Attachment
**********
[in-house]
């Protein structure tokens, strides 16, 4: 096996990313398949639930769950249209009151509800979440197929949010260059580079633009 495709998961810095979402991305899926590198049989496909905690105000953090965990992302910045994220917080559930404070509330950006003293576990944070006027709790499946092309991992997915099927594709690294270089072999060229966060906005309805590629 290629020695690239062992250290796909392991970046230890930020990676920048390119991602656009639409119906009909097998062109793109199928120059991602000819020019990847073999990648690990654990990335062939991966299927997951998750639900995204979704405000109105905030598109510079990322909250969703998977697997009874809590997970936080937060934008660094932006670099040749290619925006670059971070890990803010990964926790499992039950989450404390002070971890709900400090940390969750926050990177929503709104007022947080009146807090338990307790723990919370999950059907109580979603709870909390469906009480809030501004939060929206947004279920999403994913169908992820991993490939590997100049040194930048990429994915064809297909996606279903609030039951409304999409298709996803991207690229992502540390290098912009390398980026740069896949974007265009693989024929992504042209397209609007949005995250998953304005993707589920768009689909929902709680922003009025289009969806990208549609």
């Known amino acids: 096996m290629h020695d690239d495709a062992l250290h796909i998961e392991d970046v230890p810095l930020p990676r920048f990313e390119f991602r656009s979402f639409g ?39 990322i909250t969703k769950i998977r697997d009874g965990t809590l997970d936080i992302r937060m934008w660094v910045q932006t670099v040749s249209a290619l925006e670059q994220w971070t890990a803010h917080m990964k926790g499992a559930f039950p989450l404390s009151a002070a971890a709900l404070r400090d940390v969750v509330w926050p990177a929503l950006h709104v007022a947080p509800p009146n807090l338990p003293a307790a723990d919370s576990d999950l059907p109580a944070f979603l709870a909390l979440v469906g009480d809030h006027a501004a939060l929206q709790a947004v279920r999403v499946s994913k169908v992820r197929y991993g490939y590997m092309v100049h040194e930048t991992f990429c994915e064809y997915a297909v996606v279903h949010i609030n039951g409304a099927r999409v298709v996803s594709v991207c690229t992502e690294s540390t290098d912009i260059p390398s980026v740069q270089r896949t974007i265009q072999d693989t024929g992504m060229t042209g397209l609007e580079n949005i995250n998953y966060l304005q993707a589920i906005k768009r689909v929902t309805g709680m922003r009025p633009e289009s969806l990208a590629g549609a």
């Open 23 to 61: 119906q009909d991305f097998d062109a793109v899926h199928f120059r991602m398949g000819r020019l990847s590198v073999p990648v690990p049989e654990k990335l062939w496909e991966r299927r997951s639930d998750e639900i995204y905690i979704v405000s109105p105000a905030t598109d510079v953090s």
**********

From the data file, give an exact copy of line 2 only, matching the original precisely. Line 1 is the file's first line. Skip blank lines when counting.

């Protein structure tokens, strides 16, 4: 096996990313398949639930769950249209009151509800979440197929949010260059580079633009 495709998961810095979402991305899926590198049989496909905690105000953090965990992302910045994220917080559930404070509330950006003293576990944070006027709790499946092309991992997915099927594709690294270089072999060229966060906005309805590629 290629020695690239062992250290796909392991970046230890930020990676920048390119991602656009639409119906009909097998062109793109199928120059991602000819020019990847073999990648690990654990990335062939991966299927997951998750639900995204979704405000109105905030598109510079990322909250969703998977697997009874809590997970936080937060934008660094932006670099040749290619925006670059971070890990803010990964926790499992039950989450404390002070971890709900400090940390969750926050990177929503709104007022947080009146807090338990307790723990919370999950059907109580979603709870909390469906009480809030501004939060929206947004279920999403994913169908992820991993490939590997100049040194930048990429994915064809297909996606279903609030039951409304999409298709996803991207690229992502540390290098912009390398980026740069896949974007265009693989024929992504042209397209609007949005995250998953304005993707589920768009689909929902709680922003009025289009969806990208549609």